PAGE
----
Tuesday, April 07, 2009

History Channel:How the Earth Was Made: Tsunamis; the threat of Cumbre Vieja to US East Coast!


On April 7, The History Channel broadcast a major episode of its “How the Earth Was Made,” specifically, “Tsunami”, and, yes, this is equivalent to another “mega-disasters” episode. The link is here.

The early part of the program showed the research linking a tsunami in Japan and Hawaii in 1960 to a devastating earthquake off the coast of Chile. Later, the work of geologist Atwater along the Pacific Northwest coast, examining “notches” and layers of sand, show past tsunamis associated with regular earthquakes along the Cascadia fault. Atwater does research to show that a tsunami occurred along the Washington Coast in January 1700 at the same time one hit Japan.

The program reviewed the 2004 Indian Ocean tsunami which killed over 250000 people and showed that some areas of Indonesia have regular complex cycles of tsunamis.

The speed of tsunamis over deep ocean water is explained. As the tsunami approaches land, the shallow water slows the leading edge down, causing the wave to grown from behind and topple, making the wave much higher. Tsunamis tend to come in a series of repeated waves extending over some hours,

The most dangerous tsunamis might come from landslides rather than directly from undersea earthquakes. In 1958, there was a tsunami that reached over 1000 feet in an inlet in southern Alaska, at Lituya Bay. Here is a USC reference on the event.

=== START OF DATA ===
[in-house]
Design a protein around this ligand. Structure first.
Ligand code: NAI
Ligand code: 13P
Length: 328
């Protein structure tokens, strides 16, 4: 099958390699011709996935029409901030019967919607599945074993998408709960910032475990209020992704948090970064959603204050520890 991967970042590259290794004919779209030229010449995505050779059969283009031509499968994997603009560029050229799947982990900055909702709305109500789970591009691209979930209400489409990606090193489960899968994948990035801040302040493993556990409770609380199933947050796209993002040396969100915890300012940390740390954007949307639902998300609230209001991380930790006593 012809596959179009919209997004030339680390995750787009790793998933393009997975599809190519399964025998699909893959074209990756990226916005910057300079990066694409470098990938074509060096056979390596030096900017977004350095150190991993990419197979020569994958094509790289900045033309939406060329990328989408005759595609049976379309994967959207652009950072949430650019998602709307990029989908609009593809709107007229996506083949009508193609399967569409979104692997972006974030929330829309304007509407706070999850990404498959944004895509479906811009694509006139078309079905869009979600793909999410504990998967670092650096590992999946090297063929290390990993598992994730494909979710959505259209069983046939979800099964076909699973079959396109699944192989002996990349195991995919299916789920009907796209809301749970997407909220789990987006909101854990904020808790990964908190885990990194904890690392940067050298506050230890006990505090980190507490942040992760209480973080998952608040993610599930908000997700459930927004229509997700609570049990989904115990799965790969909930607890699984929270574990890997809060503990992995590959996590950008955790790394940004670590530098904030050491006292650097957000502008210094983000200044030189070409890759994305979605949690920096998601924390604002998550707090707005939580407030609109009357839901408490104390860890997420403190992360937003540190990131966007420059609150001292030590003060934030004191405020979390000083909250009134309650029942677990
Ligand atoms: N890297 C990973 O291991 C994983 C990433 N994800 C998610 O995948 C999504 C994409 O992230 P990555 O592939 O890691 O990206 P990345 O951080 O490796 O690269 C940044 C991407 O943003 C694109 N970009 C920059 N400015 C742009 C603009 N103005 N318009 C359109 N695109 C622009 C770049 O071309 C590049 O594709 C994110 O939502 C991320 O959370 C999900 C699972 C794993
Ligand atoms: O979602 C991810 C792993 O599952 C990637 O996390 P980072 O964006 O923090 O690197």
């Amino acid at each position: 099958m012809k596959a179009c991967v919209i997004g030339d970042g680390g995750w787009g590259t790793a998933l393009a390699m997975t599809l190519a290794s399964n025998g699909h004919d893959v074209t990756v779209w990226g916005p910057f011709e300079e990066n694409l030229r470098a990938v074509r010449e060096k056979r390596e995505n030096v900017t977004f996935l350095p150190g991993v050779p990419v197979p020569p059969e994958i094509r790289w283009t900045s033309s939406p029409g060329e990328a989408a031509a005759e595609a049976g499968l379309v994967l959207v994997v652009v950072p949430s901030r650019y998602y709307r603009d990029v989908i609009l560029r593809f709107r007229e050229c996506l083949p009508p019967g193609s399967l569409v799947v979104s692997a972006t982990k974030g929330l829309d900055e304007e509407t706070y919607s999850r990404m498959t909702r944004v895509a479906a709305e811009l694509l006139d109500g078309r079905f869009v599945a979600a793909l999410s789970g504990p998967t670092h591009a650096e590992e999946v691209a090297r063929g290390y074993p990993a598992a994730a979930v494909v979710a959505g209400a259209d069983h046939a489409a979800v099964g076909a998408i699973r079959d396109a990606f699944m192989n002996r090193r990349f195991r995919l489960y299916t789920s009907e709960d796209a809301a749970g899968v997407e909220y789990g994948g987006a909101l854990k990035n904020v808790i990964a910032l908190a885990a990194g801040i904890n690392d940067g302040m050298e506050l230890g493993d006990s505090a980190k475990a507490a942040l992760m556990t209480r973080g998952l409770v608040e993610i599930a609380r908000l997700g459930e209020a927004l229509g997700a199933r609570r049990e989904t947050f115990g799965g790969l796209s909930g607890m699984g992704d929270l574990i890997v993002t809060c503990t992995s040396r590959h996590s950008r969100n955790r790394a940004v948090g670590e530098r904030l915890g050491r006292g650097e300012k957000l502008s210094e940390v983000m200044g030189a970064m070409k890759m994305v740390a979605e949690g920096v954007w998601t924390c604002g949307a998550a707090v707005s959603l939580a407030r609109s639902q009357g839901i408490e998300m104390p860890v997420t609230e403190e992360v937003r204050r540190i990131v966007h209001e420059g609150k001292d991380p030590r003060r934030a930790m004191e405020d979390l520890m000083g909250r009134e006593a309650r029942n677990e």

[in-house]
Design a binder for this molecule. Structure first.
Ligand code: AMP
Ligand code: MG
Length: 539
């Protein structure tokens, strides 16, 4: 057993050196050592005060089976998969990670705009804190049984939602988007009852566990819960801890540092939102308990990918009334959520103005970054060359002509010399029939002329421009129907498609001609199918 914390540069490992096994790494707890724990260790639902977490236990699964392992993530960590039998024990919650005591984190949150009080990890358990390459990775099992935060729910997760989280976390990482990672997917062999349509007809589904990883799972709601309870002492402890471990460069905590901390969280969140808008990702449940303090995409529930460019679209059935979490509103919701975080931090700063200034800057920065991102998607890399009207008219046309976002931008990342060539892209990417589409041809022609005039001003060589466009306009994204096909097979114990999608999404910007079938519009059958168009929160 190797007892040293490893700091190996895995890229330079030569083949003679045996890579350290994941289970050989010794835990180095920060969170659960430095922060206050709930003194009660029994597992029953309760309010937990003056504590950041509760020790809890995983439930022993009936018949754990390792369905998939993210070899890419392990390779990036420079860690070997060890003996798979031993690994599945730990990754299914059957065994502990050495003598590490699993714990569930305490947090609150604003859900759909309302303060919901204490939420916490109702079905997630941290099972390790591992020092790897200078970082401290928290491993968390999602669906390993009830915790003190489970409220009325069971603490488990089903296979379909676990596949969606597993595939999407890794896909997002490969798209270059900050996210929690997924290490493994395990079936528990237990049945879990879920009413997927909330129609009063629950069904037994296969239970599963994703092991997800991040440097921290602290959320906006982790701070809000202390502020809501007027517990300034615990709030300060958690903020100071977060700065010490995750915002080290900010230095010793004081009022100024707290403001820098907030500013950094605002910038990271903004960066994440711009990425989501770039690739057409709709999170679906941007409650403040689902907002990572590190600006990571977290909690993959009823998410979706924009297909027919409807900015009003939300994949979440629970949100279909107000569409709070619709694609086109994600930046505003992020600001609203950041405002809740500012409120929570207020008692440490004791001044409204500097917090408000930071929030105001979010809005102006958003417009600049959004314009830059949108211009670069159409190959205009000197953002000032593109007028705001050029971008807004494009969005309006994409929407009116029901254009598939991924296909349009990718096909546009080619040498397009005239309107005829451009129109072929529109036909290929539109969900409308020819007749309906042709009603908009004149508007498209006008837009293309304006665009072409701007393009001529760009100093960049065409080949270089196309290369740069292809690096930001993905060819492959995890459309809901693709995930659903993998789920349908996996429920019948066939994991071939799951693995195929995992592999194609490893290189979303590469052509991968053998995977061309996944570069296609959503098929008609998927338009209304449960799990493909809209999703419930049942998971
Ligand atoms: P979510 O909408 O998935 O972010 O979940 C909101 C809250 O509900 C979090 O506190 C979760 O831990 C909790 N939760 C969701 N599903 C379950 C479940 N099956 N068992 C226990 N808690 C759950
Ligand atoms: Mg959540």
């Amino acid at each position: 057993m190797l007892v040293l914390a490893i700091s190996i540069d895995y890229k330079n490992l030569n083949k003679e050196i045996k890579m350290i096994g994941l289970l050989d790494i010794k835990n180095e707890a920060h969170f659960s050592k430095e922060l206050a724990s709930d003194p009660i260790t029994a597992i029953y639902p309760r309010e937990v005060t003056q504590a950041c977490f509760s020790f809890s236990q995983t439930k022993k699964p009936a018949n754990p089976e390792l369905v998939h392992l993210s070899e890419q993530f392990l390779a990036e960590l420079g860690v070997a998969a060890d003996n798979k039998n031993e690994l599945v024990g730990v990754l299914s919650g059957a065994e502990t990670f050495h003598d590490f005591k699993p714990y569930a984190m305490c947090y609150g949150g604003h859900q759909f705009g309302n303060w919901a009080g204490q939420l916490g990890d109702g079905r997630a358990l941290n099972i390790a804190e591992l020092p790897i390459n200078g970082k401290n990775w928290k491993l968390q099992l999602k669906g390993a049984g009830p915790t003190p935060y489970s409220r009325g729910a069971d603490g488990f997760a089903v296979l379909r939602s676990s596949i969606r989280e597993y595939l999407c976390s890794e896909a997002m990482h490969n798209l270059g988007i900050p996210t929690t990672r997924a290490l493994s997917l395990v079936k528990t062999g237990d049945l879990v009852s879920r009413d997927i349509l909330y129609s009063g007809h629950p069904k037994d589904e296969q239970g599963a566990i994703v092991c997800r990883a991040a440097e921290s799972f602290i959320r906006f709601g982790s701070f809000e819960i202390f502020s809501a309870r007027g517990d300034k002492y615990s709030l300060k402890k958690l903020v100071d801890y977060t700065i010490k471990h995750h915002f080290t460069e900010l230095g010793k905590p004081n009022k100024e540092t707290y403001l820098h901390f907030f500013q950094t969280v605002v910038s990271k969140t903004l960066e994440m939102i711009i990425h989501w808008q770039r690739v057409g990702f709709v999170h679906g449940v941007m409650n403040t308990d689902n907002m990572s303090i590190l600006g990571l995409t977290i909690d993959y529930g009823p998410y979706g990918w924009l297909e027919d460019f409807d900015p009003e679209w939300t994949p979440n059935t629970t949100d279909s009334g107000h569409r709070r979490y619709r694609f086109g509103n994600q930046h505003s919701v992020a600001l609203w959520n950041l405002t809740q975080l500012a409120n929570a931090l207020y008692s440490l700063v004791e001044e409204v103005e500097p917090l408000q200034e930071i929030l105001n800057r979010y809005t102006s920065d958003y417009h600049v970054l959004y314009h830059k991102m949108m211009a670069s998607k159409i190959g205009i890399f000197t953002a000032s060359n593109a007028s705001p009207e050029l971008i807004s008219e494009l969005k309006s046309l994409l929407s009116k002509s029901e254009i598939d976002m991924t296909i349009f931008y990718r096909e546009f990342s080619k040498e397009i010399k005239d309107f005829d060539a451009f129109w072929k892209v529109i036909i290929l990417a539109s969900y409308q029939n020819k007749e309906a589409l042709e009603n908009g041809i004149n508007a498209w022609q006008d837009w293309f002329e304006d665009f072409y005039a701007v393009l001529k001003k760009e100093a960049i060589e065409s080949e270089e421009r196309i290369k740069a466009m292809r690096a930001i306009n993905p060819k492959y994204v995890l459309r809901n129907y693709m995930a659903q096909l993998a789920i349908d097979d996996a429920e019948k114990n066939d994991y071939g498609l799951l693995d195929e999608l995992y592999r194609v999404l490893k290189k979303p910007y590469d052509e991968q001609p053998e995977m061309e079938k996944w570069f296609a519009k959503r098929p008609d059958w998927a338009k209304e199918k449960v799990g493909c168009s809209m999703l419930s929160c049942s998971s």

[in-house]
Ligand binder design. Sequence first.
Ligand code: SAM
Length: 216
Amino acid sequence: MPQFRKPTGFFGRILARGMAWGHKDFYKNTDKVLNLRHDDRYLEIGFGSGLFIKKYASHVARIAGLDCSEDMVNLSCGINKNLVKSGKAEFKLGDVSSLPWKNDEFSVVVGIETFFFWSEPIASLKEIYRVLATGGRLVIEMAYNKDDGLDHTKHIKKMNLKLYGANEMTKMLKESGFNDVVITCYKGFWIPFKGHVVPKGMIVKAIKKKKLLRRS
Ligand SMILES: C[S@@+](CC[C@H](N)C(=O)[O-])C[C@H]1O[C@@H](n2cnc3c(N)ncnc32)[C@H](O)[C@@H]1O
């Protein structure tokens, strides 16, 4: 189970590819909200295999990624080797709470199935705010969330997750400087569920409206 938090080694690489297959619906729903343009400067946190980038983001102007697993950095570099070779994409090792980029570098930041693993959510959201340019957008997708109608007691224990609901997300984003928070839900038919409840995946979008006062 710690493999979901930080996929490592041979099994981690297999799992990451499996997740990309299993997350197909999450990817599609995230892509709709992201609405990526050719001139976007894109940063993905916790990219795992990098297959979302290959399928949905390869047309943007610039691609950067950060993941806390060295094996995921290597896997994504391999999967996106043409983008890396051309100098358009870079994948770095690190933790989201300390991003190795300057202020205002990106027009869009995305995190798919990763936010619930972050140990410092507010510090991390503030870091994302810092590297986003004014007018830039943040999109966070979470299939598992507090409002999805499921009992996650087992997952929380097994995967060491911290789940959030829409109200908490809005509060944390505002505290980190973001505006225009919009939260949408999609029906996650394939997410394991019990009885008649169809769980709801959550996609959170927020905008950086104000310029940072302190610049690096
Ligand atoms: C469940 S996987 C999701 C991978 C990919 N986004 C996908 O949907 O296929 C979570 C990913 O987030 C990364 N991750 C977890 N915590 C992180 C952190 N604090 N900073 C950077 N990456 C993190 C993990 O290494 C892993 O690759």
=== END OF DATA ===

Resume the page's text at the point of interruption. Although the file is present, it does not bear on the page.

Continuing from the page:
The most frightening possibility would be a mega-tsunami on the East Coast, from Newfoundland down to Brazil, from the collapse of the volcanic ridges of the Isla de la Palma in the Canary Islands, with resulting massive landslide, causing perhaps one sixth of the island to disappear. The best known feature is the Cumbre Vieja (with the Caldera de Taburiente), which has long been recognized as having a potential for eruption and collapse; but British geologist Simon Day has found that the entire ridge is much weaker than thought, with many volcanic plugs around the Island providing evidence that the Island is even weaker than thought. A volcanic eruption (which would be 200 times the size of Mt. St. Helens) would result in a huge landslide that would send a tsunami over 100 feet high, perhaps even several hundred feet high, toward the East Coast of the United States in a matter of hours, without much time for evacuations of major cities.

There was a minor eruption on Palma in 1949, which left a lot of volcanic evidence of weakness for Day to find, and there is evidence of tsunamis from avalanches going across the Atlantic in the distant past.

Is it possible to "prepare" for such a mega-catastrophe? How many refugees from the East Coast would have to be housed by FEMA -- or in people's homes beyond the Appalachians (the Eastern Continental Divide), or at least above the Fall Line. Maybe Roland Emmerich ("2012") will make a "disaster movie" about it. This is too much for the old Parker Brother's game of "Star Reporter" -- or maybe it ends the game.

Picture (above): Palma Island, from Wikipedia Commons, NASA photo, in public domain; go to Wikipedia article on “Cumbre Vieja” for attributions. This little island could be the single biggest threat to our way of life!



Update: May 4, 2009


AOL reports that a major tsunami hit the New York harbor about 2000 years ago, possibly the result of an underwater landslide! The link (to story "New York's Tsunami") is this. This is very recent and geological times and certainly an alarming report.

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